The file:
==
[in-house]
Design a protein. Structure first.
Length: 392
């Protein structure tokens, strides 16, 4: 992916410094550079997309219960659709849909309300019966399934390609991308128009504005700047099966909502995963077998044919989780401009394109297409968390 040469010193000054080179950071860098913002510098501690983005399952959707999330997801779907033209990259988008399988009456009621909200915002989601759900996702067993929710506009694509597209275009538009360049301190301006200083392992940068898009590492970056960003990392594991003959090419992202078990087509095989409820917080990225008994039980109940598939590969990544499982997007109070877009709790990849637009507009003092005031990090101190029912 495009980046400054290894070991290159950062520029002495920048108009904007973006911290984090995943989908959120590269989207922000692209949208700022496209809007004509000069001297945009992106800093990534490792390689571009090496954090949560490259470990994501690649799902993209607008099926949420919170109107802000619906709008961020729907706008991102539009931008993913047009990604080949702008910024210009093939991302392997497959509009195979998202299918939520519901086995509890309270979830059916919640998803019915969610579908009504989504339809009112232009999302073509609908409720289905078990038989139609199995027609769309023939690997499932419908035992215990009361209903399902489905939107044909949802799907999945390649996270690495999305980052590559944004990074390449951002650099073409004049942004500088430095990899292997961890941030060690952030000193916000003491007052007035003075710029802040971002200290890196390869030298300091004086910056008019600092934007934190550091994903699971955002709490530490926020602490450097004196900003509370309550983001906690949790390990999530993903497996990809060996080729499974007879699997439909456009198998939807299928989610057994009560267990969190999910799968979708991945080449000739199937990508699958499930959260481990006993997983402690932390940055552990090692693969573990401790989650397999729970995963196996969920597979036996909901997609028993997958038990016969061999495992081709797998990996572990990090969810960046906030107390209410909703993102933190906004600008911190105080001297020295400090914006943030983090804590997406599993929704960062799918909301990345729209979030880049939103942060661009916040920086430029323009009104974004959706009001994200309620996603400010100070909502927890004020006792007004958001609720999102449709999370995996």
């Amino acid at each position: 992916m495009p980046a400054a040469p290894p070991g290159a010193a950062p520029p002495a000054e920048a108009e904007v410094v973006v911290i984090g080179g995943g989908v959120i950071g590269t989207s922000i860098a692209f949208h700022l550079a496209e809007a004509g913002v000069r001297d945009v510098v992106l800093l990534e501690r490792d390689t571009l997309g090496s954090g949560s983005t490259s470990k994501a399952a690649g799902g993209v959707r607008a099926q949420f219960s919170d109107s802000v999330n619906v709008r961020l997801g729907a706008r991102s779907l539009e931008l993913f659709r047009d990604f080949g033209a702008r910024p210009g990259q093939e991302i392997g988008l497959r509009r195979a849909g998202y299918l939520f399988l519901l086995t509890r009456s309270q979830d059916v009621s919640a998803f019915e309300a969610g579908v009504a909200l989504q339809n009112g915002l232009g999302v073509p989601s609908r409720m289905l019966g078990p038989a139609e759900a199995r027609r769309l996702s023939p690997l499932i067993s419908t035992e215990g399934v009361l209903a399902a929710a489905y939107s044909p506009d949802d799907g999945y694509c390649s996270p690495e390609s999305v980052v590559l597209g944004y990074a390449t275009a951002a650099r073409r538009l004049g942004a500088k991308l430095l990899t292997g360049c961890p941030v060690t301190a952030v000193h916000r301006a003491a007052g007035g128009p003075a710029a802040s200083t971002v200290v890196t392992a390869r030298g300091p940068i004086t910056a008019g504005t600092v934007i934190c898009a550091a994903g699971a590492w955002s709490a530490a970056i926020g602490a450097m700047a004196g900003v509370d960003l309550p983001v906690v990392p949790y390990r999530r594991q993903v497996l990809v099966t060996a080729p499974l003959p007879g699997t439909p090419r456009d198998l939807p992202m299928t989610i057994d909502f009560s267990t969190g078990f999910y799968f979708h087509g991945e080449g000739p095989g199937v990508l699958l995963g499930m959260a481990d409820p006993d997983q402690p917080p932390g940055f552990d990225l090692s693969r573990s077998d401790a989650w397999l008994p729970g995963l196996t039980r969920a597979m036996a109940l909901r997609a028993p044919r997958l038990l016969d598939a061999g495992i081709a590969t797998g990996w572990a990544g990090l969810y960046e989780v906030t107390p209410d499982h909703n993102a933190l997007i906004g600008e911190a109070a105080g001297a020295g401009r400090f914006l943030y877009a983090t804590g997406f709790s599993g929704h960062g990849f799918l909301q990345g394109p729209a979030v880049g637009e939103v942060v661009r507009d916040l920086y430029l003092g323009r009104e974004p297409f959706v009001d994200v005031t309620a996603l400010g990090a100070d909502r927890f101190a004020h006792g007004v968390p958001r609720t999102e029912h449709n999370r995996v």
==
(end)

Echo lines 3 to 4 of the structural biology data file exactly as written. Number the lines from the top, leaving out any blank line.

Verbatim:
Length: 392
């Protein structure tokens, strides 16, 4: 992916410094550079997309219960659709849909309300019966399934390609991308128009504005700047099966909502995963077998044919989780401009394109297409968390 040469010193000054080179950071860098913002510098501690983005399952959707999330997801779907033209990259988008399988009456009621909200915002989601759900996702067993929710506009694509597209275009538009360049301190301006200083392992940068898009590492970056960003990392594991003959090419992202078990087509095989409820917080990225008994039980109940598939590969990544499982997007109070877009709790990849637009507009003092005031990090101190029912 495009980046400054290894070991290159950062520029002495920048108009904007973006911290984090995943989908959120590269989207922000692209949208700022496209809007004509000069001297945009992106800093990534490792390689571009090496954090949560490259470990994501690649799902993209607008099926949420919170109107802000619906709008961020729907706008991102539009931008993913047009990604080949702008910024210009093939991302392997497959509009195979998202299918939520519901086995509890309270979830059916919640998803019915969610579908009504989504339809009112232009999302073509609908409720289905078990038989139609199995027609769309023939690997499932419908035992215990009361209903399902489905939107044909949802799907999945390649996270690495999305980052590559944004990074390449951002650099073409004049942004500088430095990899292997961890941030060690952030000193916000003491007052007035003075710029802040971002200290890196390869030298300091004086910056008019600092934007934190550091994903699971955002709490530490926020602490450097004196900003509370309550983001906690949790390990999530993903497996990809060996080729499974007879699997439909456009198998939807299928989610057994009560267990969190999910799968979708991945080449000739199937990508699958499930959260481990006993997983402690932390940055552990090692693969573990401790989650397999729970995963196996969920597979036996909901997609028993997958038990016969061999495992081709797998990996572990990090969810960046906030107390209410909703993102933190906004600008911190105080001297020295400090914006943030983090804590997406599993929704960062799918909301990345729209979030880049939103942060661009916040920086430029323009009104974004959706009001994200309620996603400010100070909502927890004020006792007004958001609720999102449709999370995996």